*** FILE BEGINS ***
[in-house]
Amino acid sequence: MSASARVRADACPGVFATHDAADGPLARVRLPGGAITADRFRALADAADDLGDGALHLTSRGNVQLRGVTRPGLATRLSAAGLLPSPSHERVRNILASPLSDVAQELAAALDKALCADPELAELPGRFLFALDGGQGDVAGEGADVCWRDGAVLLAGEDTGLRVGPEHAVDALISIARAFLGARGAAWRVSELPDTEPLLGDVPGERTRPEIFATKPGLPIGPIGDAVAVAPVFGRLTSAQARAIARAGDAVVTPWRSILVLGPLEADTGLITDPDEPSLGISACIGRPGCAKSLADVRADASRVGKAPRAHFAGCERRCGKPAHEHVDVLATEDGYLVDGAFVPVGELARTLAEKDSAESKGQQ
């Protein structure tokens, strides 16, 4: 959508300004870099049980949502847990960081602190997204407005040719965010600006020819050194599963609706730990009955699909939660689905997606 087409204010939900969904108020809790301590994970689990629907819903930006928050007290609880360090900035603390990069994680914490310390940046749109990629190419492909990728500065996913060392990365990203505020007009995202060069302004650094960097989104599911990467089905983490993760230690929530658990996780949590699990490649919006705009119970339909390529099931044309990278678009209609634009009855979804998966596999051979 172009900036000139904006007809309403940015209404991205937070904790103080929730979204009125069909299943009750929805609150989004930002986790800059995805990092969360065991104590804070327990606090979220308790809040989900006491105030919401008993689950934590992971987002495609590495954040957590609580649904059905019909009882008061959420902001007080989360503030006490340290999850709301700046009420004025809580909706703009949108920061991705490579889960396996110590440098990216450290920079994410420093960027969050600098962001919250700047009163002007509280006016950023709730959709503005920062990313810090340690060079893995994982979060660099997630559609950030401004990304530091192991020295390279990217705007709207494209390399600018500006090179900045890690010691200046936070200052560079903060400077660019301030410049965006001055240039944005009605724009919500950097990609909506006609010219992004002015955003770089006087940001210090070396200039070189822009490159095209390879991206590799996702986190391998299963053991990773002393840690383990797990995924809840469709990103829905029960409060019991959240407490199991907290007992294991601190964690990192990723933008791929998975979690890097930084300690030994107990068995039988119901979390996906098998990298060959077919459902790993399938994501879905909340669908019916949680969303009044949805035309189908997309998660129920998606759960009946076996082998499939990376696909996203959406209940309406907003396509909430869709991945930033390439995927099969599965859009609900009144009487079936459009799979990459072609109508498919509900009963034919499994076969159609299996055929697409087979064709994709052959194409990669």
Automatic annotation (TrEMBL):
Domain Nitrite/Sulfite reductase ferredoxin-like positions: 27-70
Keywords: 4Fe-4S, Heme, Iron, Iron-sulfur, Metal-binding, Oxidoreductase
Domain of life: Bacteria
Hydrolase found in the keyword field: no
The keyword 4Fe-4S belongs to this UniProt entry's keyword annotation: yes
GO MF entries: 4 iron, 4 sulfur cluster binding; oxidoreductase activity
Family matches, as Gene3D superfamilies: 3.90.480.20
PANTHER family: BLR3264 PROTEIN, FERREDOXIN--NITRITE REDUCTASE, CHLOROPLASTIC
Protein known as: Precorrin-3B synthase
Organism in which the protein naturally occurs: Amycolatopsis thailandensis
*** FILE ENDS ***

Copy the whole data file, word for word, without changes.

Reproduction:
[in-house]
Amino acid sequence: MSASARVRADACPGVFATHDAADGPLARVRLPGGAITADRFRALADAADDLGDGALHLTSRGNVQLRGVTRPGLATRLSAAGLLPSPSHERVRNILASPLSDVAQELAAALDKALCADPELAELPGRFLFALDGGQGDVAGEGADVCWRDGAVLLAGEDTGLRVGPEHAVDALISIARAFLGARGAAWRVSELPDTEPLLGDVPGERTRPEIFATKPGLPIGPIGDAVAVAPVFGRLTSAQARAIARAGDAVVTPWRSILVLGPLEADTGLITDPDEPSLGISACIGRPGCAKSLADVRADASRVGKAPRAHFAGCERRCGKPAHEHVDVLATEDGYLVDGAFVPVGELARTLAEKDSAESKGQQ
């Protein structure tokens, strides 16, 4: 959508300004870099049980949502847990960081602190997204407005040719965010600006020819050194599963609706730990009955699909939660689905997606 087409204010939900969904108020809790301590994970689990629907819903930006928050007290609880360090900035603390990069994680914490310390940046749109990629190419492909990728500065996913060392990365990203505020007009995202060069302004650094960097989104599911990467089905983490993760230690929530658990996780949590699990490649919006705009119970339909390529099931044309990278678009209609634009009855979804998966596999051979 172009900036000139904006007809309403940015209404991205937070904790103080929730979204009125069909299943009750929805609150989004930002986790800059995805990092969360065991104590804070327990606090979220308790809040989900006491105030919401008993689950934590992971987002495609590495954040957590609580649904059905019909009882008061959420902001007080989360503030006490340290999850709301700046009420004025809580909706703009949108920061991705490579889960396996110590440098990216450290920079994410420093960027969050600098962001919250700047009163002007509280006016950023709730959709503005920062990313810090340690060079893995994982979060660099997630559609950030401004990304530091192991020295390279990217705007709207494209390399600018500006090179900045890690010691200046936070200052560079903060400077660019301030410049965006001055240039944005009605724009919500950097990609909506006609010219992004002015955003770089006087940001210090070396200039070189822009490159095209390879991206590799996702986190391998299963053991990773002393840690383990797990995924809840469709990103829905029960409060019991959240407490199991907290007992294991601190964690990192990723933008791929998975979690890097930084300690030994107990068995039988119901979390996906098998990298060959077919459902790993399938994501879905909340669908019916949680969303009044949805035309189908997309998660129920998606759960009946076996082998499939990376696909996203959406209940309406907003396509909430869709991945930033390439995927099969599965859009609900009144009487079936459009799979990459072609109508498919509900009963034919499994076969159609299996055929697409087979064709994709052959194409990669």
Automatic annotation (TrEMBL):
Domain Nitrite/Sulfite reductase ferredoxin-like positions: 27-70
Keywords: 4Fe-4S, Heme, Iron, Iron-sulfur, Metal-binding, Oxidoreductase
Domain of life: Bacteria
Hydrolase found in the keyword field: no
The keyword 4Fe-4S belongs to this UniProt entry's keyword annotation: yes
GO MF entries: 4 iron, 4 sulfur cluster binding; oxidoreductase activity
Family matches, as Gene3D superfamilies: 3.90.480.20
PANTHER family: BLR3264 PROTEIN, FERREDOXIN--NITRITE REDUCTASE, CHLOROPLASTIC
Protein known as: Precorrin-3B synthase
Organism in which the protein naturally occurs: Amycolatopsis thailandensis